The power of trade shows, events and exhibitions cannot be overlooked when it comes to generating leads. In 2017, almost a quarter of B2B marketers allocate 10-20% of their marketing budgets to exhibitions.
Consider this also:
- Over 80% of attendees have the authority to make purchasing decisions.
- Almost every marketer asked stated that they found “unique value” from trade shows over other marketing avenues.
- The overall three goals for exhibitors are: brand awareness, lead generation and relationship building.
In those stats, lead generation is an interesting one. How exactly do exhibitors gain these leads? There are numerous ways to do it. One extremely popular method is providing attendees with free gifts. It’s not uncommon for delegates to come home with bags of items ranging from mouse mats to USB sticks.
We recently asked exhibitors what they frequently gave out to attendees and if they helped in securing sales or tangible leads. The results were quite interesting.
No leads for free
There seemed to be an overall consensus that free gift items were helpful in engaging with the public in attendance, but had a mixed reaction when it came to lead generation.
Some respondents stated that items that are useful after the trade show has ended are worth investing in. One person mentions USB sticks as their best item. Other items include a bag hook to hold a woman’s purse on the table.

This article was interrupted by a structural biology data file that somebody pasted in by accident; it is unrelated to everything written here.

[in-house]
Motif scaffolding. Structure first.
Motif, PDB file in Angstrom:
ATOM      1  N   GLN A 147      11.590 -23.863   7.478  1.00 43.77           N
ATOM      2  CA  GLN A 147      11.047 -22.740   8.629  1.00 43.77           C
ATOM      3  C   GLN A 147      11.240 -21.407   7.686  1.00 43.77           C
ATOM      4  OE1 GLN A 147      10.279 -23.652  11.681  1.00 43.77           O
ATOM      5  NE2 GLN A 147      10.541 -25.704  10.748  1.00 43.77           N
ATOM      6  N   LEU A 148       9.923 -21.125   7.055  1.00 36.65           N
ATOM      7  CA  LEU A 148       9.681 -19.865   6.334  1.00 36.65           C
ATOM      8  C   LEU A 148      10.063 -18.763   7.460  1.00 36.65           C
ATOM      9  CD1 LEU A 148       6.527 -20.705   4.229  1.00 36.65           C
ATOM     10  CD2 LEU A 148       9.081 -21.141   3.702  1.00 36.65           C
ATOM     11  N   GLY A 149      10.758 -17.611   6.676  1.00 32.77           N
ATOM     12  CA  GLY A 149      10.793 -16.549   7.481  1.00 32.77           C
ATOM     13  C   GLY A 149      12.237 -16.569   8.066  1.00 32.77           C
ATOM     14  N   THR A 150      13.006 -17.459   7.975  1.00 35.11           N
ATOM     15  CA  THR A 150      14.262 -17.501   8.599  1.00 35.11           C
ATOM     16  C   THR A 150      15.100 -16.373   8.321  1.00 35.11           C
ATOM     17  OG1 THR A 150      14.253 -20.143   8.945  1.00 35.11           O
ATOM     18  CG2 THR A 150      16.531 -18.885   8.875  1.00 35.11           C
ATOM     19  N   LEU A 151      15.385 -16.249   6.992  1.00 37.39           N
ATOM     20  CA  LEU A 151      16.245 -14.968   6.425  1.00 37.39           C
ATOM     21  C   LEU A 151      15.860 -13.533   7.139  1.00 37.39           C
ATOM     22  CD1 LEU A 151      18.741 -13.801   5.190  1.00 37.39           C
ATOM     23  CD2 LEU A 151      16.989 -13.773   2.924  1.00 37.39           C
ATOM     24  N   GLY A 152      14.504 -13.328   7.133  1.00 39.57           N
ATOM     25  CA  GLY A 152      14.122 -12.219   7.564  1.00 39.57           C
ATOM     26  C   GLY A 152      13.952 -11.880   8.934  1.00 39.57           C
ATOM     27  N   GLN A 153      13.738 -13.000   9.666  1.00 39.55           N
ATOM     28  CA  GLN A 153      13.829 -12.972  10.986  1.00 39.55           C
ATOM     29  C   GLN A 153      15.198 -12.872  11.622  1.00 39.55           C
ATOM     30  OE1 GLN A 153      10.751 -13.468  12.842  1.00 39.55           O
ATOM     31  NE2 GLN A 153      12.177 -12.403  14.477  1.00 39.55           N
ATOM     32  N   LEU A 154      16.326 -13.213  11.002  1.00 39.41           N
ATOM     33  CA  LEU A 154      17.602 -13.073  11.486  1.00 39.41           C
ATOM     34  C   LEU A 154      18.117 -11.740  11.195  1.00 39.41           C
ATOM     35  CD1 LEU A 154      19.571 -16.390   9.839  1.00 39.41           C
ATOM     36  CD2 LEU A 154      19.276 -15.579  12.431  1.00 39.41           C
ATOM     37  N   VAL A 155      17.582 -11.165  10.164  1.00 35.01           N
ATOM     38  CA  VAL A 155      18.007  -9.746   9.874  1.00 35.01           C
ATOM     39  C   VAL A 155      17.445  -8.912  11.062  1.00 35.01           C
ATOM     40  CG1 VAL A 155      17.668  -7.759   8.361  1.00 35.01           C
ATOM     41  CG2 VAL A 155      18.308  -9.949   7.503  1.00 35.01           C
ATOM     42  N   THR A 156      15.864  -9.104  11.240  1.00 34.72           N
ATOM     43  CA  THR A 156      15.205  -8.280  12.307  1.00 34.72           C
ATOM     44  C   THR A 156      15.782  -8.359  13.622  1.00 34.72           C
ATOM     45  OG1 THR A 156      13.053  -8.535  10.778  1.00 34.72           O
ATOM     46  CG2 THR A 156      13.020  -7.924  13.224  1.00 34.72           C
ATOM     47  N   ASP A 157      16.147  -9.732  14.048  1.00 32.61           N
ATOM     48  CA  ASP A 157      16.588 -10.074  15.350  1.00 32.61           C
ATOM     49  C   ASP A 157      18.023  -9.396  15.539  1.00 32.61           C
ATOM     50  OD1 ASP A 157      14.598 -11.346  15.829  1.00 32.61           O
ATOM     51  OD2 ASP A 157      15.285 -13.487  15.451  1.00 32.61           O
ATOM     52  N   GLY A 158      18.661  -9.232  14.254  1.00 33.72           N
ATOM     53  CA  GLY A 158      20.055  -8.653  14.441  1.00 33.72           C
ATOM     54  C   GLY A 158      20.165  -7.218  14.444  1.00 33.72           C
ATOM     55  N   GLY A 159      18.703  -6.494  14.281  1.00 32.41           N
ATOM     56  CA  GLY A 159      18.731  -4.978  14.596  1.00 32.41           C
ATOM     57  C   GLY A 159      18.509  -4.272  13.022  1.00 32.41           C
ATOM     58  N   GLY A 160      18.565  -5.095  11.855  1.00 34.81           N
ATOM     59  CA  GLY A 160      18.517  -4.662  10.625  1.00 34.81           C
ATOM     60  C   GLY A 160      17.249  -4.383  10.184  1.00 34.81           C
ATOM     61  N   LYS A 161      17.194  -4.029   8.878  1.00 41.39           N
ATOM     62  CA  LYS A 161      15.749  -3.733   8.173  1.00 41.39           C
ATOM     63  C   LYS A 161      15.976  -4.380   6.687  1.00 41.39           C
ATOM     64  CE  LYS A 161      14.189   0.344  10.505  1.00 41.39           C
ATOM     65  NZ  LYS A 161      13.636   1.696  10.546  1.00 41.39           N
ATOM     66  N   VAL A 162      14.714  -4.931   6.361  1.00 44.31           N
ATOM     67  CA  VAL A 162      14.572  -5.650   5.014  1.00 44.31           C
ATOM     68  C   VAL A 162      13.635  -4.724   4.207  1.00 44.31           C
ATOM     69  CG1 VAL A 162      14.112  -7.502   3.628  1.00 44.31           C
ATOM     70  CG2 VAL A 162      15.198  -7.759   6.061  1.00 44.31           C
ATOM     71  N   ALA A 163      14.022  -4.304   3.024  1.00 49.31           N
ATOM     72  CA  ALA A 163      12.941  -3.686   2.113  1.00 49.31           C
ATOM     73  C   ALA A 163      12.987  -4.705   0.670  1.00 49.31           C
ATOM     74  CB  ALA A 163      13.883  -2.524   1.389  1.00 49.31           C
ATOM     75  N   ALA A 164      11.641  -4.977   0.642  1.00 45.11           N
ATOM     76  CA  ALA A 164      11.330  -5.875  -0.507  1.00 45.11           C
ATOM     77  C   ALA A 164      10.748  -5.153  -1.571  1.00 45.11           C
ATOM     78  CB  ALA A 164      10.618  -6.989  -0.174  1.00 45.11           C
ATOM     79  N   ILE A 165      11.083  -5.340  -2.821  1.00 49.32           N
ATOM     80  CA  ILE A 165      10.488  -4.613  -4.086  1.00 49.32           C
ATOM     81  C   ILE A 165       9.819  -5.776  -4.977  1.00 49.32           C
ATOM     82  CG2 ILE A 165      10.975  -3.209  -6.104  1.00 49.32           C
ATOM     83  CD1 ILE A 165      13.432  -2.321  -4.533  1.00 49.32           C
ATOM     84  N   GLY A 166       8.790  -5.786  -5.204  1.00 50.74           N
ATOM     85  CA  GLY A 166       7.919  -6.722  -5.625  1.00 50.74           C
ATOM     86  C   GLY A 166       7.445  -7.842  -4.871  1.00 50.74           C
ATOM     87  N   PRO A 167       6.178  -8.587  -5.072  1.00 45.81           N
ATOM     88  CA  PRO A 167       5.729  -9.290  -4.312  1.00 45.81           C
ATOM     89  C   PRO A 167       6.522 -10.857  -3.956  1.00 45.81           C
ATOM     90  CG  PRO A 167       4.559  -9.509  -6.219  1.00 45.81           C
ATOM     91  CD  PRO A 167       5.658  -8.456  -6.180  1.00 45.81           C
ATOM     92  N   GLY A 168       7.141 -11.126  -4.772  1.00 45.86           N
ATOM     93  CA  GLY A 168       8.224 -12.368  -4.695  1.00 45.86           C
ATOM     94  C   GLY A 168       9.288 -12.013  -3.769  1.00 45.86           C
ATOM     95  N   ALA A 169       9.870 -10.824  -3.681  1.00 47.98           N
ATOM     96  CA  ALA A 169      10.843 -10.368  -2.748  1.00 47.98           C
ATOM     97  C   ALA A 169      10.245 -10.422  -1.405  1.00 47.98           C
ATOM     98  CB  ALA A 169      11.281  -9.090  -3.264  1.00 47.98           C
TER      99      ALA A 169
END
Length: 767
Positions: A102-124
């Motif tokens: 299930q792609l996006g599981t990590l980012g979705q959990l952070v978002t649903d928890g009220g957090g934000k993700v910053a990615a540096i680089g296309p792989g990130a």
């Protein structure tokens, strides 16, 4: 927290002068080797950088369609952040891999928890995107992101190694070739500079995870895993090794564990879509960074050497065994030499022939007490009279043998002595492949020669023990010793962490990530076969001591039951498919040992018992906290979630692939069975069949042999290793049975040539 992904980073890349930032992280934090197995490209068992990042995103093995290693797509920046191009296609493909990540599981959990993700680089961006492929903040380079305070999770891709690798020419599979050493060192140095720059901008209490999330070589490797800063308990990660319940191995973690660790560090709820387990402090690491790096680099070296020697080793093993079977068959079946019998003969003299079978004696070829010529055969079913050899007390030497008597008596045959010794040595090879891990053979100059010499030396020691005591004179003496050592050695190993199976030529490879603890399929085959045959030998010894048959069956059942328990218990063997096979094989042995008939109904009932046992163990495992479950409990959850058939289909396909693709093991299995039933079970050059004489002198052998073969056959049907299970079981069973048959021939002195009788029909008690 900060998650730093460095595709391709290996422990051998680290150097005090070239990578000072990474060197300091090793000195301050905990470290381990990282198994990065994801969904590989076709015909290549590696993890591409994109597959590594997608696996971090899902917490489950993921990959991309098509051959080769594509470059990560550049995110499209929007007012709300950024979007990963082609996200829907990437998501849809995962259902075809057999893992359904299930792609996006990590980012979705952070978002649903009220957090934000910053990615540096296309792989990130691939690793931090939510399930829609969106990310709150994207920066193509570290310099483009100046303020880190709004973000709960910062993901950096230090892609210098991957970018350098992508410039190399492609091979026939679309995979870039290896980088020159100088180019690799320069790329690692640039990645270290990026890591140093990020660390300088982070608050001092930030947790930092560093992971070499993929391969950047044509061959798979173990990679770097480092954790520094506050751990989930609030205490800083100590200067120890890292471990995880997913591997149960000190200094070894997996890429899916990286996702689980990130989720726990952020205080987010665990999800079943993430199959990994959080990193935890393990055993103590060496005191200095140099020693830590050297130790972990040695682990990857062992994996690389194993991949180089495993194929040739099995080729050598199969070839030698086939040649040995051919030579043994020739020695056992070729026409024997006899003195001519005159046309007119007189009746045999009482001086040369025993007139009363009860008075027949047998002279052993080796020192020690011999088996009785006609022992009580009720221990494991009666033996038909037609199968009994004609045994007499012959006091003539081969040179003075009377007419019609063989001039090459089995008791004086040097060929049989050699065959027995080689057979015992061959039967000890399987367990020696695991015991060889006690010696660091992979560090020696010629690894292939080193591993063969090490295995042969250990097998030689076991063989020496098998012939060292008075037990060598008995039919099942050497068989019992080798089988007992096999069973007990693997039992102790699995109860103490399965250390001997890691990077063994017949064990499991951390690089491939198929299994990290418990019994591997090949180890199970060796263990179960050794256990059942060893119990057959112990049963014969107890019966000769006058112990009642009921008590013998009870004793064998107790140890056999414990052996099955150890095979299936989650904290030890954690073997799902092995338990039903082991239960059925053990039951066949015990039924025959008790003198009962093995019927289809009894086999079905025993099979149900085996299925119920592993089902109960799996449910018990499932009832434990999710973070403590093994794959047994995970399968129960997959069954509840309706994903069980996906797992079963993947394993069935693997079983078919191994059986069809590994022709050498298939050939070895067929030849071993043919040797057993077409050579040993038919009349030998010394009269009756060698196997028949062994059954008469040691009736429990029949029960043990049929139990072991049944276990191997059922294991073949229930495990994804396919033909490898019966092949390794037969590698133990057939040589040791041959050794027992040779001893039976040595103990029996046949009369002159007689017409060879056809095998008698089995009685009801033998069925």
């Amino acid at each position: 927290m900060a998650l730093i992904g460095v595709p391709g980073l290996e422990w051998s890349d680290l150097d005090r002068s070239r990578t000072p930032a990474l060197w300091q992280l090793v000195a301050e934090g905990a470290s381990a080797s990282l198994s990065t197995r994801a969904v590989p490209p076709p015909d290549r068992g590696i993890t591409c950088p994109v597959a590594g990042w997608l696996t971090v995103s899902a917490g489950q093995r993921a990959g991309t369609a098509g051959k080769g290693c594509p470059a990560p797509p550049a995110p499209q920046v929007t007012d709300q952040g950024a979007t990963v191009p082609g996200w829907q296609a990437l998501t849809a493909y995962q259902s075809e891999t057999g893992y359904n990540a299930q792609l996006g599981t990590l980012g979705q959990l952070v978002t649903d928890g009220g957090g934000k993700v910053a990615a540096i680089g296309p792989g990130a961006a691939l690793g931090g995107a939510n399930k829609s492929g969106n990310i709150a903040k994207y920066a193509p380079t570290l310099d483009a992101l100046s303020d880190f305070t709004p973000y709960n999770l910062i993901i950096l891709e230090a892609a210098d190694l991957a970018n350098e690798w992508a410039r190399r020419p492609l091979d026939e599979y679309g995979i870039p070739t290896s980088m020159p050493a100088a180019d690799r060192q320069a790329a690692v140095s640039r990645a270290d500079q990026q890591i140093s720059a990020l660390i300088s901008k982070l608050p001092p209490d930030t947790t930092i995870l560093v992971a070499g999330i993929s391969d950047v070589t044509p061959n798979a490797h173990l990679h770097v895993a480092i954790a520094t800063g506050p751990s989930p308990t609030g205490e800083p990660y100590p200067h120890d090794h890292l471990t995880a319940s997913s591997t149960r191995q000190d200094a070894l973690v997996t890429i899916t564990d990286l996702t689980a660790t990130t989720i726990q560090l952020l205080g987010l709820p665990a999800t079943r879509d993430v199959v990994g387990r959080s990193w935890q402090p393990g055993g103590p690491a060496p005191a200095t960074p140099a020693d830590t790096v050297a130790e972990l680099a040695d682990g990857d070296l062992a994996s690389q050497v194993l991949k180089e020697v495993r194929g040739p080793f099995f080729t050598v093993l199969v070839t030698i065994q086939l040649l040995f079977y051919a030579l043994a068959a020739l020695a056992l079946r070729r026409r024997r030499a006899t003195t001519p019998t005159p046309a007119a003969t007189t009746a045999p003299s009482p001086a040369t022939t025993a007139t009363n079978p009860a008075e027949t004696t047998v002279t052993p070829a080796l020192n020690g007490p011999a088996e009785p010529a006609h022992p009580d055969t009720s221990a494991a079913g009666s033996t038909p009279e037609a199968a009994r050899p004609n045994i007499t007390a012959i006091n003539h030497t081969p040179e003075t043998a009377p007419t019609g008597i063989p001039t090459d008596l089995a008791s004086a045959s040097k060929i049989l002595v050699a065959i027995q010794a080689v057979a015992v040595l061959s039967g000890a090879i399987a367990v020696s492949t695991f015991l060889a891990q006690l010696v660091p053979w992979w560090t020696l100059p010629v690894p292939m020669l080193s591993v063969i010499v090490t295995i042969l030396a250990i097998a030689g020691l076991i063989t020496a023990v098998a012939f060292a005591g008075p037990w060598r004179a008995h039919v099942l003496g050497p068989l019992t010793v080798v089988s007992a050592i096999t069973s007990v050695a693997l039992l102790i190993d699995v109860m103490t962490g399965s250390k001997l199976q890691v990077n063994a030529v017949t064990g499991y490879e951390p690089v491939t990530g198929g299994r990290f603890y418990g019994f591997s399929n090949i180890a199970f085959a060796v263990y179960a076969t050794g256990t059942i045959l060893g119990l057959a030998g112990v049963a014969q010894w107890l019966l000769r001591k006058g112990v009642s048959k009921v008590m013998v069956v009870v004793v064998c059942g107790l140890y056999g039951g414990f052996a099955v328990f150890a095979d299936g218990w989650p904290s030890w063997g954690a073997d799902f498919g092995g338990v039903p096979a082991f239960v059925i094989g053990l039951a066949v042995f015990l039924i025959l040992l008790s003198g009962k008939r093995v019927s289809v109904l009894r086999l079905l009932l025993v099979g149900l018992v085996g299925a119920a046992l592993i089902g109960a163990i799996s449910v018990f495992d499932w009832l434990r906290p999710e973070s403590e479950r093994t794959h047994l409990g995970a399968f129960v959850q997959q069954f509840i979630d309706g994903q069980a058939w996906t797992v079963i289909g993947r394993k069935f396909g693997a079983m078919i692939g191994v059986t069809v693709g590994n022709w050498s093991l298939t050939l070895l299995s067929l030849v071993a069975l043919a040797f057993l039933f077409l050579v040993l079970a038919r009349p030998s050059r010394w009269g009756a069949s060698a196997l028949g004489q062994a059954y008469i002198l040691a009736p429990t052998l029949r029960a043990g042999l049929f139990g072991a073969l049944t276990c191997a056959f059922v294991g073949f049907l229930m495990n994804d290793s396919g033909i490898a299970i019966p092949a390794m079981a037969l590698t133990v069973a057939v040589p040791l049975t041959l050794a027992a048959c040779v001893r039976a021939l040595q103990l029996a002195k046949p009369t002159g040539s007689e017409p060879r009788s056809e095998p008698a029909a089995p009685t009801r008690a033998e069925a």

These are common staples of the exhibition circuit. But are they effective in generating leads, or at the very least, the right leads?
Others don’t think so.
For example, CEO of Gillware Inc, Bryan Gill stated that whilst conferences can be a great place to build a brand, they are “a fairly bad place to actually get big lists of leads…”
Adding to this, Sean Byrnes, who foundedFlurry, agreed that there doesn’t seem to be a relationship between “giveaways and quality leads.” He goes on to say that the best leads are based on quality demos and follow ups in the days after the conference.
Gill also added that the most successful giveaway of his company was a white paper on SDD data recovery that highlighted consumer benefits. This engagement led to talking, discussions and new relationships with SDD manufactures.
This suggests giveaways can sometimes be a good thing, however it’s important to consider what you are giving away. And one of the most powerful things to give away is your own engagement. Jon Aston, CMO for Rent, stated:
"The most successful trade show exhibits I ever attended or produced provided an experience that engaged attendees in the product/service in a way that was entertaining, educational, relevant and meaningful. What prospects leave the booth with, ideally, should serve as a reminder of that experience – something they will want to hold onto, and something they will use every day in doing their job."
In essence, the best course of action filtered down from professional exhibitors seems to be the following:
- Recon your audience before show time. Effective lead campaigns should already planned ahead of time. As Kalob Taulien, founder of Footrr advised, “Great thing to pay attention to…target demographic. Don’t go where your customers aren’t going.”
- If giving something away, ensure it’s useful to the potential lead. Something that will provoke interest. Draw people in with quality, not quantity.
- Engagement. Real, genuine engagement.